The higher standards of pleading in the Superior Court are simply unworkable in the Small Claims Court, where litigants are routinely unrepresented, and where legal concepts such as the many varieties of causes of action are completely foreign to the parties. Essentially, the litigants present a set of facts to the deputy judge, and it is left to the deputy judge to determine the legal issues that emerge from those facts and bring his or her legal expertise to bear in resolving those issues.

[40] I agree with the proposition that, in the Small Claims Court, a liberal, non-technical approach should be taken to pleadings [See Note 8 at the end of the document]. Therefore, unpled relief may be granted (and an unpled defence allowed) so long as supporting evidence is not needed beyond what was adduced at trial, or what reasonably should have been adduced, in support of the relief (or defence) that was pled; and, of course, provided that, in all of the circumstances, it is not unfair to grant such relief (or allow such a defence).

While it may be that laypeople will receive greater leniency, it is noted that, "...  the litigants present a set of facts ...", remains a requirement; and accordingly, per the Weinstein case above, the story of the case must still be told by a layperson.  Furthermore, the leniency that may be available to a layperson is unavailable to legal practitioners such as a lawyer or paralegal; and accordingly, especially if a layperson may seek the assistance of lawyer or paralegal at a later date, and particular for Trial representation, the pleading document must then be to the standards of pleadings drafted by a lawyer or paralegal as per Trapasso v. 241 Pizza (2006) Ltd., 2014 CanLII 56281 which states:

[23] I have looked at the pleadings in this matter.  Accepting for discussion purposes various legal theories were not pleaded, I do not view any later attempt to raise same in the course of the trial and/or submissions as amounting to the type of unreasonable behaviour contemplated by either s 29 or R 19.06, ie not accepting an offer to settle, impugning the character of a party or high handed conduct.  I note in passing it was certainly clear to me in the course of the trial the concepts of agency and piercing the corporate veil were in play, whatever the state of the pleadings.  I would agree the vicarious liability submission could only fairly be said to have arisen in the course of submissions.  I do note, however, an Amended Plaintiff’s Claim dated February 28, 2013 failed to incorporate the legal theories advanced on behalf of Trapasso.  It may be amongst self represented litigants it is too much to ask for proper pleadings [per 936464 Ontario Ltd. v Mungo Bear Ltd., 2003 CanLII 72356 (ON SC)] but lawyers and paralegals should be held to a higher standard, Small Claims Court action or not.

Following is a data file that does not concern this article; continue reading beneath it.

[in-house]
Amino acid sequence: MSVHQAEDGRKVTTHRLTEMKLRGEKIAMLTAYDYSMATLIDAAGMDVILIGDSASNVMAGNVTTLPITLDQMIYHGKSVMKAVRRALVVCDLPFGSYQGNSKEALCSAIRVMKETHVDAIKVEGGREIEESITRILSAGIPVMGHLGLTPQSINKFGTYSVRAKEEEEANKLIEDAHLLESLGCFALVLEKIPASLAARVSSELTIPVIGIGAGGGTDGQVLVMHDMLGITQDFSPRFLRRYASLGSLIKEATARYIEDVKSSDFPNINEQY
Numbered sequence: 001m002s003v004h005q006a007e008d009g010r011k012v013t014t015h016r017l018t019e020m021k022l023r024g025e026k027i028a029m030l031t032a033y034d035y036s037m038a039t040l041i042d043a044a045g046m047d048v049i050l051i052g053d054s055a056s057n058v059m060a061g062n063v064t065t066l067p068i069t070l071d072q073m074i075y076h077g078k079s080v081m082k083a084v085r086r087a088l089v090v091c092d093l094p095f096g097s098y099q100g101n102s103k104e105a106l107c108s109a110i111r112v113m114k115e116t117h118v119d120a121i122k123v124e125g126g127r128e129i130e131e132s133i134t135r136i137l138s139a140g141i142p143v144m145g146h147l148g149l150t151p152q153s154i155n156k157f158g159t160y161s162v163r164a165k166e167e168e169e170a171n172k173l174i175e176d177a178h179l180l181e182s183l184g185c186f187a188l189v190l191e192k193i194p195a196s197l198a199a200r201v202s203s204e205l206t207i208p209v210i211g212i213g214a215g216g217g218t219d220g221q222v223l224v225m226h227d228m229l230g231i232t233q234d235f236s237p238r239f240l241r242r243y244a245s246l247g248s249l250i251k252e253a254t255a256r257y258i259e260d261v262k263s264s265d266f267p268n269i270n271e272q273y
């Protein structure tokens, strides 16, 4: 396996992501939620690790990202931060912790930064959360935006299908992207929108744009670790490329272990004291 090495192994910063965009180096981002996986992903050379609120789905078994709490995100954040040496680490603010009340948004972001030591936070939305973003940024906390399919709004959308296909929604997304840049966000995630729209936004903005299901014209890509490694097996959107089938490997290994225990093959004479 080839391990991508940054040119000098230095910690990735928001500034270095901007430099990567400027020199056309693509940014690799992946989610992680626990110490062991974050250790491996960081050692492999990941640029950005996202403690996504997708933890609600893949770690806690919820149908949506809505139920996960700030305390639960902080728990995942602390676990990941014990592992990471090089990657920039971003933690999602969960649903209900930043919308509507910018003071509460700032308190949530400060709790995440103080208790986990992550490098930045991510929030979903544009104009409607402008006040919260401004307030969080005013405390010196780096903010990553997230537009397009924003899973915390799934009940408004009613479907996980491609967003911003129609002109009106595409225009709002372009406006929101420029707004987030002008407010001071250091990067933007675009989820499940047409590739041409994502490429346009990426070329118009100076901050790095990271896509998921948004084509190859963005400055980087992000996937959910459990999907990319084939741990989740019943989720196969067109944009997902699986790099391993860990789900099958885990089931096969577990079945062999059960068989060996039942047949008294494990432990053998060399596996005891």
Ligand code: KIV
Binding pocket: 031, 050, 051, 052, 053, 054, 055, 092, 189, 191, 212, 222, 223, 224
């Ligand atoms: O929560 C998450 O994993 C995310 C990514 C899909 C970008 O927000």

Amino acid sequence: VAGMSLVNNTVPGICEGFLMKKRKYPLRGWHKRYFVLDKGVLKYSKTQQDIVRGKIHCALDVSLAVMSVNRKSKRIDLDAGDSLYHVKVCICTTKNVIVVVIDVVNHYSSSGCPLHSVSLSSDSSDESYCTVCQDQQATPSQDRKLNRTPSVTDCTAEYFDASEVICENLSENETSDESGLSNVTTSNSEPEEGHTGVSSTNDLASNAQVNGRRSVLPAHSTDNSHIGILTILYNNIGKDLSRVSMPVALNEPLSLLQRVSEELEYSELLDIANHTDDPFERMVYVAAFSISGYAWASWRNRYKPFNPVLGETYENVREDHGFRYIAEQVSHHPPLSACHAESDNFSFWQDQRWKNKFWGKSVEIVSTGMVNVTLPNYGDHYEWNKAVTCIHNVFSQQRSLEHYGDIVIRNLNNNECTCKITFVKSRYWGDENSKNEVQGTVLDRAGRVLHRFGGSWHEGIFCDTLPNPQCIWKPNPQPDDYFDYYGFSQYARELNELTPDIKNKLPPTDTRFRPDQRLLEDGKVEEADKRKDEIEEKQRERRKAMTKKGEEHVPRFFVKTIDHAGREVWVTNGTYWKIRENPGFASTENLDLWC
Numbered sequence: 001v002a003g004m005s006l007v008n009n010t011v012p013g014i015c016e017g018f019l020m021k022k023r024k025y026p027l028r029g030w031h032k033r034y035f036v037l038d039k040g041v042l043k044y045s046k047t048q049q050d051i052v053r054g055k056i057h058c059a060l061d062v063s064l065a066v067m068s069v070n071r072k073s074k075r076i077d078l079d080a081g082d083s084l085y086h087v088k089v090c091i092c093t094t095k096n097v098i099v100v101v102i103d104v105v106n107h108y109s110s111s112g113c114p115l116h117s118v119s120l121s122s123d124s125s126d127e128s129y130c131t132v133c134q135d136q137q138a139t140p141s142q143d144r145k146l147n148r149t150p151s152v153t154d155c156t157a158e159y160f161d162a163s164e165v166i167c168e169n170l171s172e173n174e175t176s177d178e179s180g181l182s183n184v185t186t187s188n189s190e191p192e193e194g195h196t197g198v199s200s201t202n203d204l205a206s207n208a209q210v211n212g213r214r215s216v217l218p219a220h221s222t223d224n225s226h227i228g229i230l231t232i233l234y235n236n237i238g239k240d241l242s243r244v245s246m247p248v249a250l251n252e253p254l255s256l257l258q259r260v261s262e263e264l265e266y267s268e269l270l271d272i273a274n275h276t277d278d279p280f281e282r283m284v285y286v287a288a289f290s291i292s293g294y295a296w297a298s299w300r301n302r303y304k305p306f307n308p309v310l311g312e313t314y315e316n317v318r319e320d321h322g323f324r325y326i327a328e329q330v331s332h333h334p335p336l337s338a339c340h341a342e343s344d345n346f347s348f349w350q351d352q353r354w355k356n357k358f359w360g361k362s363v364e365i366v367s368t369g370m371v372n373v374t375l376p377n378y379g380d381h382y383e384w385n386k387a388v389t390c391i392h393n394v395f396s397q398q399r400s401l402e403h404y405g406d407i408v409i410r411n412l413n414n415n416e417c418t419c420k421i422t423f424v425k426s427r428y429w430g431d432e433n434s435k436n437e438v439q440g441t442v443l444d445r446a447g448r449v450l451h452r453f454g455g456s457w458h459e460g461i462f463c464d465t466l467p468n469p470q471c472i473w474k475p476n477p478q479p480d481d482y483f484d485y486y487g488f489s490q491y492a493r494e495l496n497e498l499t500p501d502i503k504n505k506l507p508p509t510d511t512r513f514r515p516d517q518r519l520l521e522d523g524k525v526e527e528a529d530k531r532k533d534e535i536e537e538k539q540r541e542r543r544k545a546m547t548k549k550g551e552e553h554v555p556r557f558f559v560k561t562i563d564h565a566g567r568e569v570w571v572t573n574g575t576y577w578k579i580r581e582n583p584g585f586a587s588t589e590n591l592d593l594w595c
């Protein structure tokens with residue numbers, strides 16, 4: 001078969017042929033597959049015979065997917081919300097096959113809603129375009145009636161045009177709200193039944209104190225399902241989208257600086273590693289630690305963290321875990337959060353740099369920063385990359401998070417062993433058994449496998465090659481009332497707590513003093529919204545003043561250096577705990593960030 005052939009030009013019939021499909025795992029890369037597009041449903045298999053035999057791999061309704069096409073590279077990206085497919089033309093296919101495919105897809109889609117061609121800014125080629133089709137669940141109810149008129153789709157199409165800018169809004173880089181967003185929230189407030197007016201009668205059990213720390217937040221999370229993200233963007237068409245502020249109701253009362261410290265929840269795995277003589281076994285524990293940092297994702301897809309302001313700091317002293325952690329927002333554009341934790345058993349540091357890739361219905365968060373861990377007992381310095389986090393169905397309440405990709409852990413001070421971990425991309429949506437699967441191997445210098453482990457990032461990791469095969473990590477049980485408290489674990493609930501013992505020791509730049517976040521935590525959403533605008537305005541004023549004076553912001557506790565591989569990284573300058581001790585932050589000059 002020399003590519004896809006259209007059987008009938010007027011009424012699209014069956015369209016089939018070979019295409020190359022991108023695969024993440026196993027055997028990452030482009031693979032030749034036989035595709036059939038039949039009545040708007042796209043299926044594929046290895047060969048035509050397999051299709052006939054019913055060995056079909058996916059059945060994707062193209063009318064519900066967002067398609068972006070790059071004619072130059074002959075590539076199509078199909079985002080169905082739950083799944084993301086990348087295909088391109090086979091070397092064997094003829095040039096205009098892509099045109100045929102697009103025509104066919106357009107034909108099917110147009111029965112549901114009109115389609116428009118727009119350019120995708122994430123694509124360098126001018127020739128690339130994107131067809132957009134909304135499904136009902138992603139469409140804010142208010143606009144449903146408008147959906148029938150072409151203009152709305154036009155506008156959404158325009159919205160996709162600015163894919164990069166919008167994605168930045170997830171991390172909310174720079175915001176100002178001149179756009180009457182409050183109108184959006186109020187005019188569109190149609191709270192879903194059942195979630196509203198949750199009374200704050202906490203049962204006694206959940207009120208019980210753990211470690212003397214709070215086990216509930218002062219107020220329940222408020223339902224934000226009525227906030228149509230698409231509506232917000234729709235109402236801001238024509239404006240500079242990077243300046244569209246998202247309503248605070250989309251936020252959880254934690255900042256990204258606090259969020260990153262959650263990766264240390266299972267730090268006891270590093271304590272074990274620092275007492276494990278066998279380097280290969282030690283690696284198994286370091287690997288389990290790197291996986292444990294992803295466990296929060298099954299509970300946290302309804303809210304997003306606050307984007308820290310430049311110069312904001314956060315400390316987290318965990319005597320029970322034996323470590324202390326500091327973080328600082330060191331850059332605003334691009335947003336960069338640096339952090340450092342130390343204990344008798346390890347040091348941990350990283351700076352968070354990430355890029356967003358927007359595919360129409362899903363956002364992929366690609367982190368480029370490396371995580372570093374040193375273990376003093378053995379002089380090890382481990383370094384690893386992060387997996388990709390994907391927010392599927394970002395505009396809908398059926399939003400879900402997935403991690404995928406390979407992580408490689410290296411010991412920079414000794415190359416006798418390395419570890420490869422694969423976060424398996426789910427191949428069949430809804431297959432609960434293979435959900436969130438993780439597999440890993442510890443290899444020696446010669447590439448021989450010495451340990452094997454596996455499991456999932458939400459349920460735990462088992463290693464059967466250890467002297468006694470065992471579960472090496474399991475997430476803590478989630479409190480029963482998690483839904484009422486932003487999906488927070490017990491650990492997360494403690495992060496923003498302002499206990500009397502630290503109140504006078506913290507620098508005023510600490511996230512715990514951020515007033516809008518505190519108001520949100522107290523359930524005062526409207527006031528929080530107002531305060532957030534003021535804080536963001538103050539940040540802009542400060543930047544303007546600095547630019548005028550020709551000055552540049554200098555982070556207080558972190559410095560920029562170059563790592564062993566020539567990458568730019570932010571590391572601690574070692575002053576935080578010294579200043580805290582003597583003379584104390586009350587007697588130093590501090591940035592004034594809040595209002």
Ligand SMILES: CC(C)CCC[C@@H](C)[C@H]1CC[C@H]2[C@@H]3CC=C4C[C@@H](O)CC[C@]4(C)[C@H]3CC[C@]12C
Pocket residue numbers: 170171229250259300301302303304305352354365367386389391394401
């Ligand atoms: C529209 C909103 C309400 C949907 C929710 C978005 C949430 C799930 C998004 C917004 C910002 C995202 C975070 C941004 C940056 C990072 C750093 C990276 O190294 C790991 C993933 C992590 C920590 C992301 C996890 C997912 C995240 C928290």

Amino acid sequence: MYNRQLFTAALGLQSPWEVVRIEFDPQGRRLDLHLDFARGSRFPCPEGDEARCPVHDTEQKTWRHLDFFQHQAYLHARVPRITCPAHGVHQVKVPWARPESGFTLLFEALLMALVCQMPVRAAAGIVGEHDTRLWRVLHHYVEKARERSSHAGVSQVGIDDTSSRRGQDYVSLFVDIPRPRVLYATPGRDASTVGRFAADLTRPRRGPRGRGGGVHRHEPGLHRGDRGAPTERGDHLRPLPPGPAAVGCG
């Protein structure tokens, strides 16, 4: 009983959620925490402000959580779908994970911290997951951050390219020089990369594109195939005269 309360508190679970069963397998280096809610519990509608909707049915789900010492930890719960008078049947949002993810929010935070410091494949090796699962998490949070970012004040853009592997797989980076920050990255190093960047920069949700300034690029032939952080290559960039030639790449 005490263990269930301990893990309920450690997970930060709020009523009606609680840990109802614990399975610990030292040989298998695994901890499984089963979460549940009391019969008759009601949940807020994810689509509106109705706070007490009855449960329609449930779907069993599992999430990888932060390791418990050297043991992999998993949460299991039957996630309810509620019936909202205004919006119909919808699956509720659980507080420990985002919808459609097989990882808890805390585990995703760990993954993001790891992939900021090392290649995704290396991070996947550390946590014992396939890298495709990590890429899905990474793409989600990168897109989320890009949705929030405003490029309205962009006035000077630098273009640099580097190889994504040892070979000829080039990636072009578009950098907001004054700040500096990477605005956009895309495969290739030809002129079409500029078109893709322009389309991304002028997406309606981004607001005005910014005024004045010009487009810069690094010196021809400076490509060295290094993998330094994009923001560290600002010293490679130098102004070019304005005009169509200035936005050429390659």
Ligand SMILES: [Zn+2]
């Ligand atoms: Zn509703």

Other cases making the same or similar point include, Cecatina General v. Arbour, [1980] O.J. No.  331, which references the outdated rules known as the Section 71(2) of the Small Claims Court Act, R.S.O. 1970, chapter 439 as well as the case of Cerqueira v. Ontario, 2010 ONSC 3954 which states on point that:

[11]  It may be of assistance to the parties, and particularly to Ms.  Cerqueira who is not a lawyer, to state some general principles governing pleadings.  I set out some of these principles in Cavarra v. Sterling Studio Lofts Inc., 2010 ONSC 3092 (CanLII), [2010] O.J.  No.  2211, and I have added some additional principles:

(a)  the purpose of pleadings is to give notice of the case to be met, to define the matters in issue for the parties and for the court, and to provide a permanent record of the issues raised: 1597203 Ontario Limited v. Ontario, [2007] O.J.  No.  2349; Aristocrat Restaurants v. Ontario, [2003] O..  No.  5331 (S.C.J.) at para.  15; Somerleigh v. Lakehead Region Conservation Authority, 2005 CarswellOnt 3546 (S.C.J.) at para.  5;

(b) the causes of action must be clearly identifiable from the facts pleaded and must be supported by facts that are material: CIT Financial Ltd.  v. Sharpless, 2006 CarswellOnt 3325;